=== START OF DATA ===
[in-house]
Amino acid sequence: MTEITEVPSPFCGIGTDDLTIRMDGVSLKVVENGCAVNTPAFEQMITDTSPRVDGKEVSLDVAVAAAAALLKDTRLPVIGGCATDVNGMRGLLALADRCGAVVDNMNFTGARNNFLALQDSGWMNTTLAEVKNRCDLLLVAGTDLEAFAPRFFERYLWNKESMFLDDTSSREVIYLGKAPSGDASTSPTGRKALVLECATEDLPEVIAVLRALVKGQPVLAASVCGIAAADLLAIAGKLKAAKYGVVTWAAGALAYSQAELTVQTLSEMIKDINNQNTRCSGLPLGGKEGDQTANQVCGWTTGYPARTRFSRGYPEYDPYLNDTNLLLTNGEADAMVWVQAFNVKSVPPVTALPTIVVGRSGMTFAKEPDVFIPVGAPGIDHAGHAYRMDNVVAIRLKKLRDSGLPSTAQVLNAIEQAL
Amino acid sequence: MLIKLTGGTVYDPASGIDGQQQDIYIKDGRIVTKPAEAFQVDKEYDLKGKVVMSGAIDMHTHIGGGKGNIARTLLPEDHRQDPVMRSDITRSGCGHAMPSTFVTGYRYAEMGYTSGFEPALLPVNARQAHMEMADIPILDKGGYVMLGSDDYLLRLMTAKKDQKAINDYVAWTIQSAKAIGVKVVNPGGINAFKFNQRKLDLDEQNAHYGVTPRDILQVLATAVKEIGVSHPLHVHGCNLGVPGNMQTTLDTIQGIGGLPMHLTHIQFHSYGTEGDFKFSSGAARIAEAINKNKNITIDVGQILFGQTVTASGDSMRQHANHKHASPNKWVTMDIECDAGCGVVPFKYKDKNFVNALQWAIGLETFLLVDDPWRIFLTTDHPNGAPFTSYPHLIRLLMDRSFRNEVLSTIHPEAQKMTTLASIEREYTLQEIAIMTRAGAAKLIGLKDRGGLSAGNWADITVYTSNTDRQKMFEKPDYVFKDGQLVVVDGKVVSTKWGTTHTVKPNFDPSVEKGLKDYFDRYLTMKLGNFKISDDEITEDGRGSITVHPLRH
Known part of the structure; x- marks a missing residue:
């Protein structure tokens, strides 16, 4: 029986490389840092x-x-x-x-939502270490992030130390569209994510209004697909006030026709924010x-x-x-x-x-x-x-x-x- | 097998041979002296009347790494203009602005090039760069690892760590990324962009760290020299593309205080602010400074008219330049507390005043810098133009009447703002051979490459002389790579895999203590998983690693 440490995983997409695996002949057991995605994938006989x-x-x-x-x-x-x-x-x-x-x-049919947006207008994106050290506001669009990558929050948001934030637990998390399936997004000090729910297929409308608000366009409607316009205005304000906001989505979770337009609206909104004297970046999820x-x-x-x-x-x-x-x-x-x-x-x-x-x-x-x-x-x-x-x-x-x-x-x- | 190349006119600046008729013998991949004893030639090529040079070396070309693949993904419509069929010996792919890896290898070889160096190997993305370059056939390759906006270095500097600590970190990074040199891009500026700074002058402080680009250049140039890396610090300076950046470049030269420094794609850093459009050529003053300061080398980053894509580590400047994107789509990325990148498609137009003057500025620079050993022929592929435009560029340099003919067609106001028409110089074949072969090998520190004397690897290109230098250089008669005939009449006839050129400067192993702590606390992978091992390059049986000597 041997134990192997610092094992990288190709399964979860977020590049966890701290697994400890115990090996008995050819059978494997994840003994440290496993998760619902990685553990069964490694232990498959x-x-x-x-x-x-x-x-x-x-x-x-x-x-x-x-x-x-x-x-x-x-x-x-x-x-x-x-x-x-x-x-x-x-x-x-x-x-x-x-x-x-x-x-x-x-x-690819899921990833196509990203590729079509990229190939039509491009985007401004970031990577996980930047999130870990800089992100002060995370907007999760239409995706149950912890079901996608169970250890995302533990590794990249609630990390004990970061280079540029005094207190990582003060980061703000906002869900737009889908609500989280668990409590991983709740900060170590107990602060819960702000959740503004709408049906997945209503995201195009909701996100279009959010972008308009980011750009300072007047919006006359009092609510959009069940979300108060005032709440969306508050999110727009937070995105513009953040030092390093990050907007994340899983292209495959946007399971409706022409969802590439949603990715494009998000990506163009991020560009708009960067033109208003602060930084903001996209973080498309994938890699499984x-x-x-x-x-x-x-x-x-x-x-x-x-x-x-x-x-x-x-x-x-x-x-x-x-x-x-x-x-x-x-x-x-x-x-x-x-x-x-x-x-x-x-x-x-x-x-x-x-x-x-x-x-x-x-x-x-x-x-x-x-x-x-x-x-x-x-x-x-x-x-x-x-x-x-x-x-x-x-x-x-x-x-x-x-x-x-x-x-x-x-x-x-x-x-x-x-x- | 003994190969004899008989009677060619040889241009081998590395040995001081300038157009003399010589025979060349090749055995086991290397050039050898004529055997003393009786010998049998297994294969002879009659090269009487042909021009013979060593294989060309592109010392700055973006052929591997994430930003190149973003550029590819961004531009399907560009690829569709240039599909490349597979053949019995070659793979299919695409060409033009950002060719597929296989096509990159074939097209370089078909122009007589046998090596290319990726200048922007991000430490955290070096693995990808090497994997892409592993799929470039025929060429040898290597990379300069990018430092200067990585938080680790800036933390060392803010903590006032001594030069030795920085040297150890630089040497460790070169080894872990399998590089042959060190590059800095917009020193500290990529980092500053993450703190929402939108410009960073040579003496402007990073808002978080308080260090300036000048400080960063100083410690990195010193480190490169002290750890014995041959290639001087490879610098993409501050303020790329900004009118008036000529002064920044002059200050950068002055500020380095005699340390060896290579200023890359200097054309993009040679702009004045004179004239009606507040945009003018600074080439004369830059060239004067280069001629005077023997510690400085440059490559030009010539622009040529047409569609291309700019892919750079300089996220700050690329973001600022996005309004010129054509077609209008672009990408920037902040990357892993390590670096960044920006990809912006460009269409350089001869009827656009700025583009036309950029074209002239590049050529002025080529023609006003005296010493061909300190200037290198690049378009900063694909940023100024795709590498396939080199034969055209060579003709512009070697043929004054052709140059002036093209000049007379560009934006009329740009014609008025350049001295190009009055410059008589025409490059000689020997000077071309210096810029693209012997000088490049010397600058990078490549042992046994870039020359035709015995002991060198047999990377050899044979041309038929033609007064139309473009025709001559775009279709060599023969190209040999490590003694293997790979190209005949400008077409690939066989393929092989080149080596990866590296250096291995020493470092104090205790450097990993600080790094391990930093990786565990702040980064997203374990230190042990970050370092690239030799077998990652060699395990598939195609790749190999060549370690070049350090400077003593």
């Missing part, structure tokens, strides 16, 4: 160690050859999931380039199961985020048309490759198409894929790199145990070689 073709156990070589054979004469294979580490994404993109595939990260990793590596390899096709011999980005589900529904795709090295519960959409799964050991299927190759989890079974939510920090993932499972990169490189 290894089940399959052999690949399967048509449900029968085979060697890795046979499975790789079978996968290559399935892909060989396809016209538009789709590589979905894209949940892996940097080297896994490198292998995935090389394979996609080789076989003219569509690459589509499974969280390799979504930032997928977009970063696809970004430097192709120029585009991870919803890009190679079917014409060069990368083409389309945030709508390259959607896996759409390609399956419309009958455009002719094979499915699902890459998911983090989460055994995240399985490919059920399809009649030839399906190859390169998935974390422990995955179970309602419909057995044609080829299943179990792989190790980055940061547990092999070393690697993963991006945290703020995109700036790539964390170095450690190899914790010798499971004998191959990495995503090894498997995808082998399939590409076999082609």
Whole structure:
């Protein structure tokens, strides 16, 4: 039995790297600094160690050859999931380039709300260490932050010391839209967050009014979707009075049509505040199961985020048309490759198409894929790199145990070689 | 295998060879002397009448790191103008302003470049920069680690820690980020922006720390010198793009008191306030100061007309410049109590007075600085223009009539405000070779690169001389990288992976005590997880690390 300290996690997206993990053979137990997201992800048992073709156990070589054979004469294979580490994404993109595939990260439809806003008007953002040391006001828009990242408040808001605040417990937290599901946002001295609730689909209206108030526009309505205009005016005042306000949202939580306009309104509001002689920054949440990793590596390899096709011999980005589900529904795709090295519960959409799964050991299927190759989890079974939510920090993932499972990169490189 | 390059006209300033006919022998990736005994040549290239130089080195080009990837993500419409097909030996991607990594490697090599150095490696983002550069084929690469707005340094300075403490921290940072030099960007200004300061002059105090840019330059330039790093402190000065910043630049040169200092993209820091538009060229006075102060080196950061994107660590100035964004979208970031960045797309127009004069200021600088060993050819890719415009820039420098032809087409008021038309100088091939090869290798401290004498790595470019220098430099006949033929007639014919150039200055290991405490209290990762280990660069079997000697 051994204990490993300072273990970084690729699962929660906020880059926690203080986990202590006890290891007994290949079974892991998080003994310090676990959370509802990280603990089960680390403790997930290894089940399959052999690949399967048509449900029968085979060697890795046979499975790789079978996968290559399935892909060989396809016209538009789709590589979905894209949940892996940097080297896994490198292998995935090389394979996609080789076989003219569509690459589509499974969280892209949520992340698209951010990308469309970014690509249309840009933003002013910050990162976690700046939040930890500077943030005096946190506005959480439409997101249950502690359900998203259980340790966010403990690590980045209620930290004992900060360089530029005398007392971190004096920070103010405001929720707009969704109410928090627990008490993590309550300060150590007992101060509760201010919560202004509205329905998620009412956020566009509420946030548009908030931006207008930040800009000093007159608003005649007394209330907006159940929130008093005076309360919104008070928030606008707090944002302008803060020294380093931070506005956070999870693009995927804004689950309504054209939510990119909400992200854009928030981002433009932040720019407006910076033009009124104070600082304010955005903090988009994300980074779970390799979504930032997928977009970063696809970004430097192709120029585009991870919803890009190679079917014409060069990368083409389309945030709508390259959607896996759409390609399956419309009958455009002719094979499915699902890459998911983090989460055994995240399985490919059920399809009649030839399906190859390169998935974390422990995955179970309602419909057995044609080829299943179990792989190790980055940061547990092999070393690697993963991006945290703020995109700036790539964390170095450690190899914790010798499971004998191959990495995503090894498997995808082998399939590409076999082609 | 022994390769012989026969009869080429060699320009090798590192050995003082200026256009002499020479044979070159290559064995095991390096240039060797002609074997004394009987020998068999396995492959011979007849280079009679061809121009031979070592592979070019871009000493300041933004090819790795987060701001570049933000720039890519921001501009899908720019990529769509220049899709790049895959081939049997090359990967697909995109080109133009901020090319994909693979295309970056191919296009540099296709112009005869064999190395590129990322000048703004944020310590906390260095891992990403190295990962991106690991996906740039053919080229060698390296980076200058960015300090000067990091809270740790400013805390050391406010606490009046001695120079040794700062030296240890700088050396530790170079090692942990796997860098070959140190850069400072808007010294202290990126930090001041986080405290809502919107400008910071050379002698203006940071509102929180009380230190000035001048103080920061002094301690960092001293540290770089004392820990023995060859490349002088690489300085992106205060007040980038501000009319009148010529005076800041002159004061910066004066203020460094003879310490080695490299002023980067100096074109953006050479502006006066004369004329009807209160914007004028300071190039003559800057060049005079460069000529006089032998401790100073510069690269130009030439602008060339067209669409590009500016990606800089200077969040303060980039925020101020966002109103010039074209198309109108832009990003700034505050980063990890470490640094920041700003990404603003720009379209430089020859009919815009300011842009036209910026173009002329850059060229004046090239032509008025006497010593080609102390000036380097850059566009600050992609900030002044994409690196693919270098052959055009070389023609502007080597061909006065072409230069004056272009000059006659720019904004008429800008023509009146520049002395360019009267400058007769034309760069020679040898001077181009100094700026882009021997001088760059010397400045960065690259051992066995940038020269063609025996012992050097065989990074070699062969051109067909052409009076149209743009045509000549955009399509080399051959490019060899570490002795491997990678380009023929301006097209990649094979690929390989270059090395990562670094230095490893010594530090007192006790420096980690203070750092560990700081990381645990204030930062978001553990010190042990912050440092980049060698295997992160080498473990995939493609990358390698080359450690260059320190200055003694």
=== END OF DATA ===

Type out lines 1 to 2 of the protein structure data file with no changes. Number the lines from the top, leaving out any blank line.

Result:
[in-house]
Amino acid sequence: MTEITEVPSPFCGIGTDDLTIRMDGVSLKVVENGCAVNTPAFEQMITDTSPRVDGKEVSLDVAVAAAAALLKDTRLPVIGGCATDVNGMRGLLALADRCGAVVDNMNFTGARNNFLALQDSGWMNTTLAEVKNRCDLLLVAGTDLEAFAPRFFERYLWNKESMFLDDTSSREVIYLGKAPSGDASTSPTGRKALVLECATEDLPEVIAVLRALVKGQPVLAASVCGIAAADLLAIAGKLKAAKYGVVTWAAGALAYSQAELTVQTLSEMIKDINNQNTRCSGLPLGGKEGDQTANQVCGWTTGYPARTRFSRGYPEYDPYLNDTNLLLTNGEADAMVWVQAFNVKSVPPVTALPTIVVGRSGMTFAKEPDVFIPVGAPGIDHAGHAYRMDNVVAIRLKKLRDSGLPSTAQVLNAIEQAL